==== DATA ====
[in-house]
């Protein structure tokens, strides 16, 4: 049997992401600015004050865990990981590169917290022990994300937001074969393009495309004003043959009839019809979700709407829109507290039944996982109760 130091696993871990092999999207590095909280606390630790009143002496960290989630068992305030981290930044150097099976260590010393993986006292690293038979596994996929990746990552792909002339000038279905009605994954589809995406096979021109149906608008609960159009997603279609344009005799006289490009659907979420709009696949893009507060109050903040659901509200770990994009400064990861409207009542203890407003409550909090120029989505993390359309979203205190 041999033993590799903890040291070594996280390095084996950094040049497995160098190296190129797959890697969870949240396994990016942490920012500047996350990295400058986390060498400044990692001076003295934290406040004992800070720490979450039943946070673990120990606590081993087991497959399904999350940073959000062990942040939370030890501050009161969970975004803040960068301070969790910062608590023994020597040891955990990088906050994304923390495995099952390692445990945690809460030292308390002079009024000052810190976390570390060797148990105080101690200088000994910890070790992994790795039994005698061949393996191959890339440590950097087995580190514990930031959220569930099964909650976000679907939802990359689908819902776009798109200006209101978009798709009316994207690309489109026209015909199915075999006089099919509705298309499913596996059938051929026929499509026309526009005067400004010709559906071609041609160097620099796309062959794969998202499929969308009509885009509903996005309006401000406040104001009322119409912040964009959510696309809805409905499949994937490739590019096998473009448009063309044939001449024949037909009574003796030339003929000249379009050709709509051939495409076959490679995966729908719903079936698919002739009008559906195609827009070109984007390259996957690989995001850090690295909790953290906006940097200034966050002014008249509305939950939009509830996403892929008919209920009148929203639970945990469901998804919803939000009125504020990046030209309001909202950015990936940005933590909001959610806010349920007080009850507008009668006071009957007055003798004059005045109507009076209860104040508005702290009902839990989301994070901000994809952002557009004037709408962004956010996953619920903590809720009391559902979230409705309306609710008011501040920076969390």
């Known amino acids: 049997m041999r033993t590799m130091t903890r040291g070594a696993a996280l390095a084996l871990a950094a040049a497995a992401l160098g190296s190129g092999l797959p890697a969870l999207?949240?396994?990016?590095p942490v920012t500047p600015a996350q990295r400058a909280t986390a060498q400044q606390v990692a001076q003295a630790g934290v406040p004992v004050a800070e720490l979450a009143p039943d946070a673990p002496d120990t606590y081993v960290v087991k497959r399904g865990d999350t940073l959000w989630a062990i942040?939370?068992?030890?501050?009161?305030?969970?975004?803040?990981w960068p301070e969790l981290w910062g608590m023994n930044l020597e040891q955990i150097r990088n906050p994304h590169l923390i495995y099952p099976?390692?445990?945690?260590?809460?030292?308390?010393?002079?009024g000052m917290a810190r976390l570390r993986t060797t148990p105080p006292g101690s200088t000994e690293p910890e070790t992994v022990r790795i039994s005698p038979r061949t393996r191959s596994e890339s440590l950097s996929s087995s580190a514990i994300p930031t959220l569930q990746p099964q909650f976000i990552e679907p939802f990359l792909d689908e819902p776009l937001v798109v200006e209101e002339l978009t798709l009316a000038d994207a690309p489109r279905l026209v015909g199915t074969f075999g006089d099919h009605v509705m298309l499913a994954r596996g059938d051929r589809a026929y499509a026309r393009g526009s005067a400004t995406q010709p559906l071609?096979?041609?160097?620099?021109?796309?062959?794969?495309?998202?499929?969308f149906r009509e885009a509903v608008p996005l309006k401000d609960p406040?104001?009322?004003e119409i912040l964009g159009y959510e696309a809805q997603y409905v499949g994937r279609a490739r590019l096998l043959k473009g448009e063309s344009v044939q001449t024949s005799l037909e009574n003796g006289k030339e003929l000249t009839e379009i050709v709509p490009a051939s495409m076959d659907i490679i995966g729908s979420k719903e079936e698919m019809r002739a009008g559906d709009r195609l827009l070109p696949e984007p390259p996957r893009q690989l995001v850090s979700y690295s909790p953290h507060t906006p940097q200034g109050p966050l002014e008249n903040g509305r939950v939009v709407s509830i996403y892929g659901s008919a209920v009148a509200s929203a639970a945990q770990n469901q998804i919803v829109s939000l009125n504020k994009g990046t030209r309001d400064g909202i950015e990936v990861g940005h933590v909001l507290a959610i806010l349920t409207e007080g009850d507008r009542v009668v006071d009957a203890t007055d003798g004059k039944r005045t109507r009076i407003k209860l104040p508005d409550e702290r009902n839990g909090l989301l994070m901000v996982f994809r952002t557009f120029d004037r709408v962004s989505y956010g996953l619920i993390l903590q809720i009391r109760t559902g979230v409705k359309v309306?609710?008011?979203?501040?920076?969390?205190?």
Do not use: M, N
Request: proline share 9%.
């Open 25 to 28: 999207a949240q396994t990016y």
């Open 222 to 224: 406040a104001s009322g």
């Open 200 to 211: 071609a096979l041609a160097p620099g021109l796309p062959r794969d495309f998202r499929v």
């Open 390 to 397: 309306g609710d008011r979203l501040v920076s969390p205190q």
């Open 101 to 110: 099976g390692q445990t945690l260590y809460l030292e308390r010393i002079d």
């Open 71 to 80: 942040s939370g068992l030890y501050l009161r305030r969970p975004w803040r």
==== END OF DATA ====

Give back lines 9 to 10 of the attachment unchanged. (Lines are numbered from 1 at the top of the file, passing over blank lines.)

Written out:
């Open 390 to 397: 309306g609710d008011r979203l501040v920076s969390p205190q």
């Open 101 to 110: 099976g390692q445990t945690l260590y809460l030292e308390r010393i002079d």